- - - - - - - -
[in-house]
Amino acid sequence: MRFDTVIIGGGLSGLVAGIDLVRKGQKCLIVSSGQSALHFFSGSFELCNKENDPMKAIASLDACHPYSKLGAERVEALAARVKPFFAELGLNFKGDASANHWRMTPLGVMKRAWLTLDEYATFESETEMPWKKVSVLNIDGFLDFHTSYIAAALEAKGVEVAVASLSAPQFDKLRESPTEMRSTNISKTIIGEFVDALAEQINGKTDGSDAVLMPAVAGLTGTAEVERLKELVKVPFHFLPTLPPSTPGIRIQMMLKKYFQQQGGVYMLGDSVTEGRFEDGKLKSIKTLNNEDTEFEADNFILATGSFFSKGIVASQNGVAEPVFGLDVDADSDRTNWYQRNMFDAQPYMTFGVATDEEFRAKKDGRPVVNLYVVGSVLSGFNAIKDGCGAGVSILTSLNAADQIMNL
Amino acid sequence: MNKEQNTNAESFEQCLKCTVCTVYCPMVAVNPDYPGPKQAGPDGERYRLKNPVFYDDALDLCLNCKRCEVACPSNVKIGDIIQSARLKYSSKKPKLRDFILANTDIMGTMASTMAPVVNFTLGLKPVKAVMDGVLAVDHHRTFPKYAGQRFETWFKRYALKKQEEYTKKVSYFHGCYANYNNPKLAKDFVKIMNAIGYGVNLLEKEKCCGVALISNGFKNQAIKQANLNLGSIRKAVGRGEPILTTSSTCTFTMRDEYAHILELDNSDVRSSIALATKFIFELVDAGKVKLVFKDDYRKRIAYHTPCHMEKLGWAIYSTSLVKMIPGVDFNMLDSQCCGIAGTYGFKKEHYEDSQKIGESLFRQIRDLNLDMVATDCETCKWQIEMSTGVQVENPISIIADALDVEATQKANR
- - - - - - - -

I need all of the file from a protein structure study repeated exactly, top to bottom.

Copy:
[in-house]
Amino acid sequence: MRFDTVIIGGGLSGLVAGIDLVRKGQKCLIVSSGQSALHFFSGSFELCNKENDPMKAIASLDACHPYSKLGAERVEALAARVKPFFAELGLNFKGDASANHWRMTPLGVMKRAWLTLDEYATFESETEMPWKKVSVLNIDGFLDFHTSYIAAALEAKGVEVAVASLSAPQFDKLRESPTEMRSTNISKTIIGEFVDALAEQINGKTDGSDAVLMPAVAGLTGTAEVERLKELVKVPFHFLPTLPPSTPGIRIQMMLKKYFQQQGGVYMLGDSVTEGRFEDGKLKSIKTLNNEDTEFEADNFILATGSFFSKGIVASQNGVAEPVFGLDVDADSDRTNWYQRNMFDAQPYMTFGVATDEEFRAKKDGRPVVNLYVVGSVLSGFNAIKDGCGAGVSILTSLNAADQIMNL
Amino acid sequence: MNKEQNTNAESFEQCLKCTVCTVYCPMVAVNPDYPGPKQAGPDGERYRLKNPVFYDDALDLCLNCKRCEVACPSNVKIGDIIQSARLKYSSKKPKLRDFILANTDIMGTMASTMAPVVNFTLGLKPVKAVMDGVLAVDHHRTFPKYAGQRFETWFKRYALKKQEEYTKKVSYFHGCYANYNNPKLAKDFVKIMNAIGYGVNLLEKEKCCGVALISNGFKNQAIKQANLNLGSIRKAVGRGEPILTTSSTCTFTMRDEYAHILELDNSDVRSSIALATKFIFELVDAGKVKLVFKDDYRKRIAYHTPCHMEKLGWAIYSTSLVKMIPGVDFNMLDSQCCGIAGTYGFKKEHYEDSQKIGESLFRQIRDLNLDMVATDCETCKWQIEMSTGVQVENPISIIADALDVEATQKANR